In C you call a function using a function pointer by explicitly dereferencing it using the * operator. Alternatively you may also just use the function pointer's instead of the funtion's name. In C++ the two operators .* resp. ->* are used together with an instance of a class in order to call one of their (non-static) member functions. If the call takes place within another member function you may use the this-pointer.
    If we are to believe this text is completely up to date with standards, then it appears that address of came first, and is the "evil backwards-compatibility feature" according to Elysia. Actually, I agree. Find me a compiler people actually use that doesn't call/assign by function name and I will eat this post. Implementations that can't do this simple thing ought to be broken.

    But that's just me. & also happens to be the most erotic ASCII character. I don't have anything against it, but I will perhaps question why fubarc 2.1 was the best compiler around for the project.

    To me, there is nothing confusing or contrary about function names being pointers. Think of it like having a pointer named after the function already in scope, and then assigning it to other function pointers becomes completely consistent with even C++ syntax. How about that?
    Last edited by whiteflags; 07-21-2010 at 10:00 AM.

  14. #29
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    Quote Originally Posted by Elysia
    For some reason, probably convenience, it is also possible to omit the address-of operator when assigning or passing arrays. This gives us a pointer to its first element.
    Does that make sense for a function? Not in the current standard.
    I disagree. I think that it makes sense, if you can understand it as an exception for convenience, or possibly even my conjecture about the illusion of functions as first class objects in this context. The same thing applies to arrays: it does not make sense for an array to decay to a pointer to its first element, using your reasoning.

    Knowing your preference of C++, allow me to cite a problem you have following your logic all the way to function pointers and function objects. Taking your reasoning to its logical conclusion, we should indeed call a function through a function pointer f as (*f)(args), because f(args) is inconsistent with pointer notation. Now, if we were to write a generic algorithm that is supposed to apply say, a predicate, we complicate matters: if the predicate is a function pointer, we should dereference it, but if it is a function object, we should not.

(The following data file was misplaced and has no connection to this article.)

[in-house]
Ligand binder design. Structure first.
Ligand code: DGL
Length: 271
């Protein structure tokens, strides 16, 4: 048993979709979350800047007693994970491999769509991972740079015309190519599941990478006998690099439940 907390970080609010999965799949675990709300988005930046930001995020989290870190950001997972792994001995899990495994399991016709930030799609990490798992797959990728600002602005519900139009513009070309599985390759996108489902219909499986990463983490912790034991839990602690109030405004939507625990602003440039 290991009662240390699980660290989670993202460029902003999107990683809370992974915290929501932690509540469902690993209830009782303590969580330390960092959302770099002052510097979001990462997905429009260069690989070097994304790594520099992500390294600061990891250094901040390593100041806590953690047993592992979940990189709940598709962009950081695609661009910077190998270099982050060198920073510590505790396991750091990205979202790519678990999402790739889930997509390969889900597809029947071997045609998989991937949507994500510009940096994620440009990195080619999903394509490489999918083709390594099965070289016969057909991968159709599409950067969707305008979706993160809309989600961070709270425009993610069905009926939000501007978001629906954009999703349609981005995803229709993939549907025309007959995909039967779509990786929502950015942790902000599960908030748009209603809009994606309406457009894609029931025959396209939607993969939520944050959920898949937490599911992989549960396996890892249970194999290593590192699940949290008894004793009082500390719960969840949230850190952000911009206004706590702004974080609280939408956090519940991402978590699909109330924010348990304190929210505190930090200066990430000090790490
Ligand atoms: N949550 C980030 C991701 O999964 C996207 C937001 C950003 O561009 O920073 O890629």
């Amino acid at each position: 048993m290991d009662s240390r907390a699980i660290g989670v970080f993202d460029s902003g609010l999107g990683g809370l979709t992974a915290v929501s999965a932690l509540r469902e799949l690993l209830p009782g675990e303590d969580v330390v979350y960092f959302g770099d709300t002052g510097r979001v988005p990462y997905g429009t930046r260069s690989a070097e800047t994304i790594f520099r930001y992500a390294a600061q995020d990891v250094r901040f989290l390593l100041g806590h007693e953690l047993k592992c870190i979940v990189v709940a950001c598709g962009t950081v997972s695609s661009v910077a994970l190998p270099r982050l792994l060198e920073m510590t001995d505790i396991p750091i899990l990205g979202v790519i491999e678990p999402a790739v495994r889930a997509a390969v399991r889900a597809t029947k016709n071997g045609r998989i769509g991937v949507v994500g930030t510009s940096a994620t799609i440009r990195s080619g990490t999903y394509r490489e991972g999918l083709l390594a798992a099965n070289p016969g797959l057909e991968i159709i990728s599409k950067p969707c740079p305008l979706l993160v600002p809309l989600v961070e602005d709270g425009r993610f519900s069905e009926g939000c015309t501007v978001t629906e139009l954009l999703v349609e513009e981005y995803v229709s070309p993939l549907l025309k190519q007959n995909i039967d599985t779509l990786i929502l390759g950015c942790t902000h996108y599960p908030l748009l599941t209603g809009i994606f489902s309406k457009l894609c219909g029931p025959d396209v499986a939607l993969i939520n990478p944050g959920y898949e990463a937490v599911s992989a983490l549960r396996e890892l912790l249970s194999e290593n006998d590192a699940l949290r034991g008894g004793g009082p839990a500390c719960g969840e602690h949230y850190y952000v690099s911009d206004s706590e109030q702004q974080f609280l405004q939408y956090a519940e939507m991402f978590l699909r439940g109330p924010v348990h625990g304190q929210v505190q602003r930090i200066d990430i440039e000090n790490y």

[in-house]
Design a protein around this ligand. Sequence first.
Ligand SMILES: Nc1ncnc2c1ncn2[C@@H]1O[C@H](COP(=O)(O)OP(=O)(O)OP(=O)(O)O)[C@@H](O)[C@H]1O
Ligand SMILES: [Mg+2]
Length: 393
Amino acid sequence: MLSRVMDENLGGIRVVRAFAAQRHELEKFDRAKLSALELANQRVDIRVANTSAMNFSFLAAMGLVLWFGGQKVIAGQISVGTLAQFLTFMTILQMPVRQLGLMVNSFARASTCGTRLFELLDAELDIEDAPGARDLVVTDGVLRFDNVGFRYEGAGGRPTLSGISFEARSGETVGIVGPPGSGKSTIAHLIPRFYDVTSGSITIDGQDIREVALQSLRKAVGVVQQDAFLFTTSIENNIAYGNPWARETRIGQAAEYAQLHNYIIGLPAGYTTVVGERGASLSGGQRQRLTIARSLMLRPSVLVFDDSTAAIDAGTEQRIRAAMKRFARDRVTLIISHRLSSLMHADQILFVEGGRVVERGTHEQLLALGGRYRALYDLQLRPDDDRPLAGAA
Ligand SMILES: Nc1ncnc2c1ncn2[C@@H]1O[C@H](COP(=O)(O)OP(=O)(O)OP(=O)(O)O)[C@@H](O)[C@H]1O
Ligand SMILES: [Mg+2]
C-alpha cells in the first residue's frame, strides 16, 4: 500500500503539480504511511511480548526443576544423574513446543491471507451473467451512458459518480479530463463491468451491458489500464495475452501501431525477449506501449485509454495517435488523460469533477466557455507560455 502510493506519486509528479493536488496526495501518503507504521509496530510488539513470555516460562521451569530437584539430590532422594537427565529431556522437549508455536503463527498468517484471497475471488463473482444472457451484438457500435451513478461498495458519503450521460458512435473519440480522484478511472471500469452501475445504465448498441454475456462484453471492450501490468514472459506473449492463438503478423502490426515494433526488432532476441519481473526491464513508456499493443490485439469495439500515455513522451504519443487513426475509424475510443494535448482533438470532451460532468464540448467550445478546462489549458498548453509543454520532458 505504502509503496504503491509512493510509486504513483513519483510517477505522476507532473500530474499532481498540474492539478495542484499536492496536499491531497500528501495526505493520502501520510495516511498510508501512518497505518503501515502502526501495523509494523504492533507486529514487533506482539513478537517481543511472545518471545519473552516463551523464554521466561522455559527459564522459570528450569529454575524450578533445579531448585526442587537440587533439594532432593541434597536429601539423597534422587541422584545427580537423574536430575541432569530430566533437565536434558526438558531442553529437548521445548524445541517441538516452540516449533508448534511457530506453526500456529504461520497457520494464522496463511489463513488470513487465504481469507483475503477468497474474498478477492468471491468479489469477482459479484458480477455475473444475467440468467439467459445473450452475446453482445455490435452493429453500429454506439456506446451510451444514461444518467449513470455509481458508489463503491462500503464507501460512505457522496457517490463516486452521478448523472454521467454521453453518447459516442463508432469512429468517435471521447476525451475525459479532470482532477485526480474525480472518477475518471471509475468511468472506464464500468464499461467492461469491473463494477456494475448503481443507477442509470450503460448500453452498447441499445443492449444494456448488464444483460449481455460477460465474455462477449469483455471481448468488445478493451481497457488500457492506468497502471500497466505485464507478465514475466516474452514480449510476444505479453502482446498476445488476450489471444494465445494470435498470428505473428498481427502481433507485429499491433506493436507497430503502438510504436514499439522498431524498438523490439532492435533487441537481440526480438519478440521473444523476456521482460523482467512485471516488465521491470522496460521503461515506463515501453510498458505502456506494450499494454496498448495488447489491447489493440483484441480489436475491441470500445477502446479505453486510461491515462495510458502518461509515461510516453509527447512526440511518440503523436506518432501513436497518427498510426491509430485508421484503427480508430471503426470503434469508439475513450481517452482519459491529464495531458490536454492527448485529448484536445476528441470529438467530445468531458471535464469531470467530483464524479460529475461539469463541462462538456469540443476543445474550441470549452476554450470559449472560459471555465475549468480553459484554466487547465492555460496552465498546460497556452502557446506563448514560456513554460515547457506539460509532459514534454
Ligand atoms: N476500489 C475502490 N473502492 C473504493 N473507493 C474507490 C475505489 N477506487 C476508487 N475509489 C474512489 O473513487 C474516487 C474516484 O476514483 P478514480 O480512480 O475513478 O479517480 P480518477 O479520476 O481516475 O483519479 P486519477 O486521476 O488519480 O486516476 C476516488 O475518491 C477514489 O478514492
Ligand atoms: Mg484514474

Quote Originally Posted by Elysia
    Special syntax for things only serve to confuse people and make the language more difficult to learn and parse.
    I can agree with this, but this special syntax is common and well understood. Trying to avoid it is futile.
    Quote Originally Posted by Bjarne Stroustrup (2000-10-14)
    I get maybe two dozen requests for help with some sort of programming or design problem every day. Most have more sense than to send me hundreds of lines of code. If they do, I ask them to find the smallest example that exhibits the problem and send me that. Mostly, they then find the error themselves. "Finding the smallest program that demonstrates the error" is a powerful debugging tool.
    Look up a C++ Reference and learn How To Ask Questions The Smart Way

  15. #30
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    I think w/o & is better because it fits with the pattern that when calling a location you don't put & in front of it.
    Code:
    void realfunc();
    int main()
    {
        ((void (*) ()) 10) ();
        ((void (*) ()) realfunc) (); // same as "realfunc();" not "&realfunc();"
        return 0;
    }
    void realfunc(){}
    It's hard to explain what I mean, but I think you'll understand.